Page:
Well-crafted, warm, and wonderful.

ALL RISE FOR THE HONORABLE PERRY T. COOK

Positive thinking proves powerful for Perry Cook and his incarcerated mother.

The Blue River Co-ed Correctional Facility in Surprise, Nebraska, is the only home the sixth-grader has ever known. His official foster parent, the warden of the minimum security facility, has let him stay with his birth mother there for nearly 12 years. When an ambitious district attorney yanks him out and delays Jessica Cook’s parole application, Perry has to use his jail-honed skill of focusing on the positive to cope with his new foster placement with the DA’s family and to get his mother released. This portrayal of prison life from the inside and from a child's point of view doesn't ignore unhappy realities, but it highlights the good: Jessica’s social work, the support of their prison “family,” and the love the prisoners have for their "mouse in the house." Similarly, while some have his back at school, including his best friend, Zoey—who’s also the DA's stepdaughter—bullies are there, too. Related in short, episodic chapters, the narrative spans the eight weeks Perry spends at the DA’s, concentrating in the first person on his experience but occasionally interrupting to look in on Jessica in the third person. Readers even learn some other prisoners’ stories. With complex, memorable characters, a situation that demands sympathy, and a story that’s shown, not just told, this is fresh and affecting.

Well-crafted, warm, and wonderful. (Fiction. 9-13)

Pub Date: March 1, 2016

ISBN: 978-0-06-233346-9

Page Count: 400

Publisher: Katherine Tegen/HarperCollins

Review Posted Online: Dec. 8, 2015

Kirkus Reviews Issue: Dec. 15, 2015

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Good Guys and Bad get just deserts in the end, and Stanley gets plenty of opportunities to display pluck and valor in this...

HOLES

Sentenced to a brutal juvenile detention camp for a crime he didn't commit, a wimpy teenager turns four generations of bad family luck around in this sunburnt tale of courage, obsession, and buried treasure from Sachar (Wayside School Gets a Little Stranger, 1995, etc.).

Driven mad by the murder of her black beau, a schoolteacher turns on the once-friendly, verdant town of Green Lake, Texas, becomes feared bandit Kissin' Kate Barlow, and dies, laughing, without revealing where she buried her stash. A century of rainless years later, lake and town are memories—but, with the involuntary help of gangs of juvenile offenders, the last descendant of the last residents is still digging. Enter Stanley Yelnats IV, great-grandson of one of Kissin' Kate's victims and the latest to fall to the family curse of being in the wrong place at the wrong time; under the direction of The Warden, a woman with rattlesnake venom polish on her long nails, Stanley and each of his fellow inmates dig a hole a day in the rock-hard lake bed. Weeks of punishing labor later, Stanley digs up a clue, but is canny enough to conceal the information of which hole it came from. Through flashbacks, Sachar weaves a complex net of hidden relationships and well-timed revelations as he puts his slightly larger-than-life characters under a sun so punishing that readers will be reaching for water bottles.

Good Guys and Bad get just deserts in the end, and Stanley gets plenty of opportunities to display pluck and valor in this rugged, engrossing adventure. (Fiction. 9-13)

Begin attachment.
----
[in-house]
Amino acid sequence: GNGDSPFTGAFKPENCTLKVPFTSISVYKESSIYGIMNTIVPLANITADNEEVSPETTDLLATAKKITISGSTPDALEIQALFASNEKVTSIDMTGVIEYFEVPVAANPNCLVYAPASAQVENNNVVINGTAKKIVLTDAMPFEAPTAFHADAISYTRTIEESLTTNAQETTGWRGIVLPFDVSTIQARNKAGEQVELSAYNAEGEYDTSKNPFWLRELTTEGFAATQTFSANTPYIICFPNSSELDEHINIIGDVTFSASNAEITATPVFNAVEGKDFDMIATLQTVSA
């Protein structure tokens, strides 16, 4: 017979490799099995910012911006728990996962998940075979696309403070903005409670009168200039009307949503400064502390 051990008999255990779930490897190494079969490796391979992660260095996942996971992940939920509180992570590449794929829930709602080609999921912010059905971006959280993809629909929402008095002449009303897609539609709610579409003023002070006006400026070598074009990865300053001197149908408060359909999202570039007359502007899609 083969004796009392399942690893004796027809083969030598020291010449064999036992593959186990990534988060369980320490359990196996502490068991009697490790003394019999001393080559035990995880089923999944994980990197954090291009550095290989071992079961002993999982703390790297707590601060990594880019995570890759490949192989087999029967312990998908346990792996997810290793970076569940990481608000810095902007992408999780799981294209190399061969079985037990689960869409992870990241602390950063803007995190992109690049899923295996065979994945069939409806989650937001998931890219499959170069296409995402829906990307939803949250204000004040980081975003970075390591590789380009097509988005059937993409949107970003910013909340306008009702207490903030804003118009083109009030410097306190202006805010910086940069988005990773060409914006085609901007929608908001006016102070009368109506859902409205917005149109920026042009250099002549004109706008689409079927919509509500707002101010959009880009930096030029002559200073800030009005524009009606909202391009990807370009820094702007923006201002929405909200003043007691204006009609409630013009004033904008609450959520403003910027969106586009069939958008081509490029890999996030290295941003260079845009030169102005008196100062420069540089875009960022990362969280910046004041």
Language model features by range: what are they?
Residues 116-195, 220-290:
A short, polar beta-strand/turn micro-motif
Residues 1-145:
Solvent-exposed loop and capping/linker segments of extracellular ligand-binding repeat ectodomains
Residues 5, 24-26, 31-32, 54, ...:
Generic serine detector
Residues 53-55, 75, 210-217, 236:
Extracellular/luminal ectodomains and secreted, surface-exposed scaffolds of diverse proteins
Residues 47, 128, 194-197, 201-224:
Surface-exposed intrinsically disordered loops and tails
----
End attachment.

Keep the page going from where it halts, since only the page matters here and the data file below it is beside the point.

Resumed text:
Pub Date: Sept. 1, 1998

ISBN: 978-0-374-33265-5

Page Count: 233

Publisher: Farrar, Straus and Giroux

Review Posted Online: May 20, 2010

Kirkus Reviews Issue: June 15, 2000

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This engaging, heartwarming story does everything one can ask of a book, and then some.

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WHEN STARS ARE SCATTERED

A Somali boy living in a refugee camp in Kenya tries to make a future for himself and his brother in this near memoir interpreted as a graphic novel by collaborator Jamieson.

Omar Mohamed lives in Dadaab Refugee Camp in Kenya with his younger brother, Hassan, who has a seizure disorder, and Fatuma, an elderly woman assigned to foster them in their parents’ absence. The boys’ father was killed in Somalia’s civil war, prompting them to flee on foot when they were separated from their mother. They desperately hope she is still alive and looking for them, as they are for her. The book covers six years, during which Omar struggles with decisions about attending school and how much hope to have about opportunities to resettle in a new land, like the United States. Through Omar’s journey, and those of his friends and family members, readers get a close, powerful view of the trauma and uncertainty that attend life as a refugee as well as the faith, love, and support from unexpected quarters that get people through it. Jamieson’s characteristically endearing art, warmly colored by Geddy, perfectly complements Omar’s story, conjuring memorable and sympathetic characters who will stay with readers long after they close the book. Photographs of the brothers and an afterword provide historical context; Mohamed and Jamieson each contribute an author’s note.

This engaging, heartwarming story does everything one can ask of a book, and then some. (Graphic memoir. 9-13)

Pub Date: April 14, 2020

ISBN: 978-0-525-55391-5

Page Count: 264

Publisher: Dial Books

Review Posted Online: Jan. 26, 2020

Kirkus Reviews Issue: Feb. 15, 2020

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